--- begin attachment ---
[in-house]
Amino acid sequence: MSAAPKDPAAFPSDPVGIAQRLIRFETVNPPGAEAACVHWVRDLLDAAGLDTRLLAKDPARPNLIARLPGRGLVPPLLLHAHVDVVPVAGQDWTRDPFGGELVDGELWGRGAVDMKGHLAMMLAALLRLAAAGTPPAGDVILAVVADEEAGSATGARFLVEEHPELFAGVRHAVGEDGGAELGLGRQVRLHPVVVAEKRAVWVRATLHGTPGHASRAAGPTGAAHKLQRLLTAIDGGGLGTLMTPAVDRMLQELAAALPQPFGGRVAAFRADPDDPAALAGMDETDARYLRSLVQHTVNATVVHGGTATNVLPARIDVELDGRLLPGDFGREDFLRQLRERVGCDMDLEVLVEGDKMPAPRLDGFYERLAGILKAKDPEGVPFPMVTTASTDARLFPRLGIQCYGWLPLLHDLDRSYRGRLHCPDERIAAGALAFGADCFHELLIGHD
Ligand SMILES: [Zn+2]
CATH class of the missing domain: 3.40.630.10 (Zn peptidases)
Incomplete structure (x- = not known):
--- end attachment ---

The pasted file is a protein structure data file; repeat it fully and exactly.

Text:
[in-house]
Amino acid sequence: MSAAPKDPAAFPSDPVGIAQRLIRFETVNPPGAEAACVHWVRDLLDAAGLDTRLLAKDPARPNLIARLPGRGLVPPLLLHAHVDVVPVAGQDWTRDPFGGELVDGELWGRGAVDMKGHLAMMLAALLRLAAAGTPPAGDVILAVVADEEAGSATGARFLVEEHPELFAGVRHAVGEDGGAELGLGRQVRLHPVVVAEKRAVWVRATLHGTPGHASRAAGPTGAAHKLQRLLTAIDGGGLGTLMTPAVDRMLQELAAALPQPFGGRVAAFRADPDDPAALAGMDETDARYLRSLVQHTVNATVVHGGTATNVLPARIDVELDGRLLPGDFGREDFLRQLRERVGCDMDLEVLVEGDKMPAPRLDGFYERLAGILKAKDPEGVPFPMVTTASTDARLFPRLGIQCYGWLPLLHDLDRSYRGRLHCPDERIAAGALAFGADCFHELLIGHD
Ligand SMILES: [Zn+2]
CATH class of the missing domain: 3.40.630.10 (Zn peptidases)
Incomplete structure (x- = not known):